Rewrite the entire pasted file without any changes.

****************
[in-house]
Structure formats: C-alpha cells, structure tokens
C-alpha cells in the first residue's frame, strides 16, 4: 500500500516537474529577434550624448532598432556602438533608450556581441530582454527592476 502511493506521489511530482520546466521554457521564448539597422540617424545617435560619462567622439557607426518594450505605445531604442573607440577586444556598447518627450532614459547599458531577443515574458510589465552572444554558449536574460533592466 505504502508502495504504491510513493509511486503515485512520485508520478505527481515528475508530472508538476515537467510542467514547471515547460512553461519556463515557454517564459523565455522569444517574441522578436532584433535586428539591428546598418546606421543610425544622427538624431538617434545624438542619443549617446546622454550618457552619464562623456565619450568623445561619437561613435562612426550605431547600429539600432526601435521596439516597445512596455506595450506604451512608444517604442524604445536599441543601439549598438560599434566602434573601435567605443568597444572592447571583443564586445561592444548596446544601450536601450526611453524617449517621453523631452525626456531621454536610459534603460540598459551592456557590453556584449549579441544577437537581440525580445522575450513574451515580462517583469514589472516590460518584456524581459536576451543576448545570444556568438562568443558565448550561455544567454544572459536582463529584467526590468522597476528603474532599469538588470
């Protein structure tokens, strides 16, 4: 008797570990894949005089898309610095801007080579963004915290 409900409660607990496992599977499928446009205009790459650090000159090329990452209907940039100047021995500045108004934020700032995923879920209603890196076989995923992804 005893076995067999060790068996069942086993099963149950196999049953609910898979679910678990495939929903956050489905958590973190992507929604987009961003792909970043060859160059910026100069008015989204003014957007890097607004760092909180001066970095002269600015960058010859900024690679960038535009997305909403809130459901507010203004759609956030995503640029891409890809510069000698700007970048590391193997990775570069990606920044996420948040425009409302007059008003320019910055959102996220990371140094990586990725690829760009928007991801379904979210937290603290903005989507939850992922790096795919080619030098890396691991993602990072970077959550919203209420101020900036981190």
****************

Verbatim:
[in-house]
Structure formats: C-alpha cells, structure tokens
C-alpha cells in the first residue's frame, strides 16, 4: 500500500516537474529577434550624448532598432556602438533608450556581441530582454527592476 502511493506521489511530482520546466521554457521564448539597422540617424545617435560619462567622439557607426518594450505605445531604442573607440577586444556598447518627450532614459547599458531577443515574458510589465552572444554558449536574460533592466 505504502508502495504504491510513493509511486503515485512520485508520478505527481515528475508530472508538476515537467510542467514547471515547460512553461519556463515557454517564459523565455522569444517574441522578436532584433535586428539591428546598418546606421543610425544622427538624431538617434545624438542619443549617446546622454550618457552619464562623456565619450568623445561619437561613435562612426550605431547600429539600432526601435521596439516597445512596455506595450506604451512608444517604442524604445536599441543601439549598438560599434566602434573601435567605443568597444572592447571583443564586445561592444548596446544601450536601450526611453524617449517621453523631452525626456531621454536610459534603460540598459551592456557590453556584449549579441544577437537581440525580445522575450513574451515580462517583469514589472516590460518584456524581459536576451543576448545570444556568438562568443558565448550561455544567454544572459536582463529584467526590468522597476528603474532599469538588470
């Protein structure tokens, strides 16, 4: 008797570990894949005089898309610095801007080579963004915290 409900409660607990496992599977499928446009205009790459650090000159090329990452209907940039100047021995500045108004934020700032995923879920209603890196076989995923992804 005893076995067999060790068996069942086993099963149950196999049953609910898979679910678990495939929903956050489905958590973190992507929604987009961003792909970043060859160059910026100069008015989204003014957007890097607004760092909180001066970095002269600015960058010859900024690679960038535009997305909403809130459901507010203004759609956030995503640029891409890809510069000698700007970048590391193997990775570069990606920044996420948040425009409302007059008003320019910055959102996220990371140094990586990725690829760009928007991801379904979210937290603290903005989507939850992922790096795919080619030098890396691991993602990072970077959550919203209420101020900036981190």